Goddard Space Flight Center scientists trying to unlock secrets of the universe have had clues to the prehistoric past resting literally beneath their feet.
Dinosaur tracker Ray Stanford this summer discovered on the center’s campus the apparent footprint of a nodosaur, a plant-eater that roamed suburban Washington, D.C., about 110 million years ago.
The track, almost 14 inches wide, is near a sidewalk at the Goddard complex in Greenbelt, Maryland, home to 7,000 employees engaged in astrophysics, heliophysics and planetary science.
“It is sheer poetry,” Stanford said on Tuesday. “It is because of the juxtaposition that evokes so much interest.”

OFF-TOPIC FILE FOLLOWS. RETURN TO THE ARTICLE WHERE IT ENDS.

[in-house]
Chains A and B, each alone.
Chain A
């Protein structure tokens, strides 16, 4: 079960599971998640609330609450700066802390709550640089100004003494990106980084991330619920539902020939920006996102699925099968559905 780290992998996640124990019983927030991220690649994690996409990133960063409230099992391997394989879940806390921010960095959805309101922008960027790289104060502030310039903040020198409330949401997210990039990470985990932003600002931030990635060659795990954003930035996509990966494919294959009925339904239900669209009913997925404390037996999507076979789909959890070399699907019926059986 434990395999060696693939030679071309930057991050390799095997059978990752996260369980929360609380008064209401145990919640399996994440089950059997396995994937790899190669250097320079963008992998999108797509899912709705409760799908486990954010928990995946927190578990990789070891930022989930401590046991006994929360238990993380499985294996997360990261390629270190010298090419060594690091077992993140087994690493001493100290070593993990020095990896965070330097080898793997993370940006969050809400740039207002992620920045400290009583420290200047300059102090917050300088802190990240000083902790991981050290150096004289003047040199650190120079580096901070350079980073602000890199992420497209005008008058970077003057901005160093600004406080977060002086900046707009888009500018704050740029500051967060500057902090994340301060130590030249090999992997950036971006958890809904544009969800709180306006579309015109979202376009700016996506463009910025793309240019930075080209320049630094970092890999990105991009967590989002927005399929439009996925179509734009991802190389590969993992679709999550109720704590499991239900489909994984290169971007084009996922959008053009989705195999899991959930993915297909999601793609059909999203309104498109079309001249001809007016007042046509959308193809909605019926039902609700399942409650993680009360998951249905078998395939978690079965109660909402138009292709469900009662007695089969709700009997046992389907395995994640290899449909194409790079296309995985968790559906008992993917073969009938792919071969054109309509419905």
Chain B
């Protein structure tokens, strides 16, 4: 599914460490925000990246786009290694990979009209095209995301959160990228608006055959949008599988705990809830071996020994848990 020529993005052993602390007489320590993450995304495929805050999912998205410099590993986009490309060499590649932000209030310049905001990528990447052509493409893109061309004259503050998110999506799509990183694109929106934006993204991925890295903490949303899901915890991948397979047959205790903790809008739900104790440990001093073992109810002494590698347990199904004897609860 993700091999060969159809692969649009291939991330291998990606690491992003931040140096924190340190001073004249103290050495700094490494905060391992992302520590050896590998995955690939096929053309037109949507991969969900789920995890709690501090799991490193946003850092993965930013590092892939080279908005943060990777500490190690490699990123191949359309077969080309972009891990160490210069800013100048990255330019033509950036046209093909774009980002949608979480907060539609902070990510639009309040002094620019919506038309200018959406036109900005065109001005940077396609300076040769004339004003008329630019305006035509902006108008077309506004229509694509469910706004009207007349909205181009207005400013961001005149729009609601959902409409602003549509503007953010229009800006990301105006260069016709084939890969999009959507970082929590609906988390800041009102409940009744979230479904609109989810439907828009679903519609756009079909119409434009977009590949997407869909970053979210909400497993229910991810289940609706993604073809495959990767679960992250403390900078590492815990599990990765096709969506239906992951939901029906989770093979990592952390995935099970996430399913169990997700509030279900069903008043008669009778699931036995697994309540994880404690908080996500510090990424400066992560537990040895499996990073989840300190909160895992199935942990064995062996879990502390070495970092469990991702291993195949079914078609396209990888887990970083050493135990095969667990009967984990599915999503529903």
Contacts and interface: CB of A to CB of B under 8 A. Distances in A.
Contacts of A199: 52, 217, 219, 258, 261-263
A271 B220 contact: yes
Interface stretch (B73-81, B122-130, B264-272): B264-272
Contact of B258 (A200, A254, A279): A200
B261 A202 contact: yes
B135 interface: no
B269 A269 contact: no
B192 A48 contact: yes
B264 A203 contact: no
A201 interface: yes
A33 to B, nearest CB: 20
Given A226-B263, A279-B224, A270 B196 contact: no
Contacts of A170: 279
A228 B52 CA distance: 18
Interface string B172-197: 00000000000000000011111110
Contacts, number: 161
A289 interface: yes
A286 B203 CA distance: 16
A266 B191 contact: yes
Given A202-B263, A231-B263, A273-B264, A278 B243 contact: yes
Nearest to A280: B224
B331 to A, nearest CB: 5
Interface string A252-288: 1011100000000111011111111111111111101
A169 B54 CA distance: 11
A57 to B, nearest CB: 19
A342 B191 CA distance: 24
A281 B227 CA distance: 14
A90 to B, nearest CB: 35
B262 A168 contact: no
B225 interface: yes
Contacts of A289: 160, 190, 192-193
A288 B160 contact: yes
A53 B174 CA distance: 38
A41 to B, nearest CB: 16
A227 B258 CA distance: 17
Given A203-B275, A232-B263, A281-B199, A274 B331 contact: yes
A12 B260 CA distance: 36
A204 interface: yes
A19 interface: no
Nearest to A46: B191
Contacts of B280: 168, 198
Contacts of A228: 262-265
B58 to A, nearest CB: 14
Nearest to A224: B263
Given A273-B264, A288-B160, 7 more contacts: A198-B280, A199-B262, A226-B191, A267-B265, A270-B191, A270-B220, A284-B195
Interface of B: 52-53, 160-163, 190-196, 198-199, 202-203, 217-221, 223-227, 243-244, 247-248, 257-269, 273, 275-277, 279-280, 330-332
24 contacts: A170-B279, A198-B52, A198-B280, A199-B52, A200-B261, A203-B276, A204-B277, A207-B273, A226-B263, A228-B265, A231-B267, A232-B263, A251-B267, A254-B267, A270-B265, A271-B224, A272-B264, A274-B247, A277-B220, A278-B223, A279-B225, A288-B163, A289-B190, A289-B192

Stanford late last week gave NASA officials a firsthand look at the print, which was hiding in plain sight all these years.
“It’s something that if you knew what you were looking for you would have seen,” said Alan Binstock, in charge of cultural and archaeological matters at the facility…
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